There are two approaches you can take. One is to hold the fish from the top. The preferred method for holding the really small species (less than 10 inches or so) is to place your hand directly behind the pectoral and dorsal spines with the area between your thumb and forefinger resting behind the dorsal spine.
As the fish get larger (up to about two or three pounds), this approach becomes more difficult so some anglers prefer to hold the catfish from the top, putting their hand in front of the dorsal fin and behind the pectoral fins.
Medium Cats – Fish in the range of a pound or two up to about 7 or eight pounds can usually be handled in the same manner outlined above (in front of the dorsal fin and behind the pectoral fins). These are relatively easy to handle until they get to the point that you cannot easily get your hand around them and then the best bet is moving on to a lip grip (I like the Berkley Big Game Lip Grip instead of the cheap plastic ones).
Big Cats – Getting finned by big fish is rarely an issue so are not really relevant to this article. I will cover landing and handling trophy cats at some point but for now the short version is to scoop them up with a dip net and then handle them with again with a lip grip. Always use caution when sticking your hand in the mouth of a big fish (see the blue catfish finger munch video).
**This is all outlined in the video below.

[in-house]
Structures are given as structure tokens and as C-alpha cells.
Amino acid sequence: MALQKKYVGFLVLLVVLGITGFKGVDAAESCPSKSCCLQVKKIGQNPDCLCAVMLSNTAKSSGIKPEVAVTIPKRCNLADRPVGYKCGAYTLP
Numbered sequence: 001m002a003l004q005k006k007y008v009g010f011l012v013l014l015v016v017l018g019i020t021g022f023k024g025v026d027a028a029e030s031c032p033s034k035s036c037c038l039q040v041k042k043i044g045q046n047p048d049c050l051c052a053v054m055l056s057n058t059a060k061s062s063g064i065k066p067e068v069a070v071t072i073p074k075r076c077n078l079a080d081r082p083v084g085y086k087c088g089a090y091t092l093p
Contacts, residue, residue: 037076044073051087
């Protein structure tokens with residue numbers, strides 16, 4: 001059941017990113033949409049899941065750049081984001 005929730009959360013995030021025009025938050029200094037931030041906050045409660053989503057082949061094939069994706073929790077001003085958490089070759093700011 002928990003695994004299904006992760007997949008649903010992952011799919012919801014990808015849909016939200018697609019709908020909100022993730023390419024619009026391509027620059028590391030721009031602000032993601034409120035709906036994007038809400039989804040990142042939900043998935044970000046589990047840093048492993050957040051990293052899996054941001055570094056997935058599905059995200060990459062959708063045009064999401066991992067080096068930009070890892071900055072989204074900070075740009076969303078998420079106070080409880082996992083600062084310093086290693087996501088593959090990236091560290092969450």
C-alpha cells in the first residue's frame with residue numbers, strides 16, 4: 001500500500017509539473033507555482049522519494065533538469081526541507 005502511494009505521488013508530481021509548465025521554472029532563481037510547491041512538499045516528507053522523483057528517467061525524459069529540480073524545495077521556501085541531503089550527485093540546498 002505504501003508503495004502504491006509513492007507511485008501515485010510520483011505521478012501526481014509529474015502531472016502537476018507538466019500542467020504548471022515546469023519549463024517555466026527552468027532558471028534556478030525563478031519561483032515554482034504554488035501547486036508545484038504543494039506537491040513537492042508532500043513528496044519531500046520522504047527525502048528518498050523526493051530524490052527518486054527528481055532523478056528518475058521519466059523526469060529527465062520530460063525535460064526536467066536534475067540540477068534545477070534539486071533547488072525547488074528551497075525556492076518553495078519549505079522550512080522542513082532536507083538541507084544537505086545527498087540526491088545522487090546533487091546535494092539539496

What To Do When You Get “Finned” By A Catfish
The “Safe” Way To Treat A Wound
I am going to give you two answers, the first is what a doctor will tell you and then my “real world” advice. I also spent the better part of ten years as a paramedic so I can speak with authority from the medical perspective.
If you happen to get finned clean the wound up immediately with some sort of antiseptic and then cover the wound. This obviously requires carrying a first aid kit with you in your car, truck or on your catfish boat. It’s really a good idea to have a basic first aid kit anyway, you never know what is going to happen.
The Belly Slime Treatment
If you ask 10 doctors about this they would probably all tell you that this is a bad idea but it’s something someone taught me ages ago and it works. If you take the wound and rub the wound on the belly of a catfish it will remove the sting quickly. You have to rub the puncture onto the belly slime of the fish for about ten to fifteen seconds but after doing so the sting from getting finned will go away in almost no time. After doing so make sure you you clean the wound thoroughly some sort of antiseptic and cover the wound.
I have had a few people claim that they got infections from this practice but honestly, there is no way to tell if the infection is from the puncture or the slime. I suspect that in most of these instanced the infection occurred from the puncture after being finned.
Disclaimer: I have been doing this for close to twenty years now (or longer) and have never had an issue but if one of your hands falls off don’t come crying to me.
There really is no difference between handling catfish and handling other species of fish. To me, handling white bass is much more painful (and dangerous). Just make sure you use some caution, especially when handling the smaller fish. Make sure you have a firm grip, and be conscious of where your hand is in relation to the pectoral fin. Your never going to get “stung” but if you spend enough time handling them you will eventually get finned, it will hurt for a few minutes and then you will get over it.
There are instances where people will get finned and they get serious infections but these are the exception and not the rule.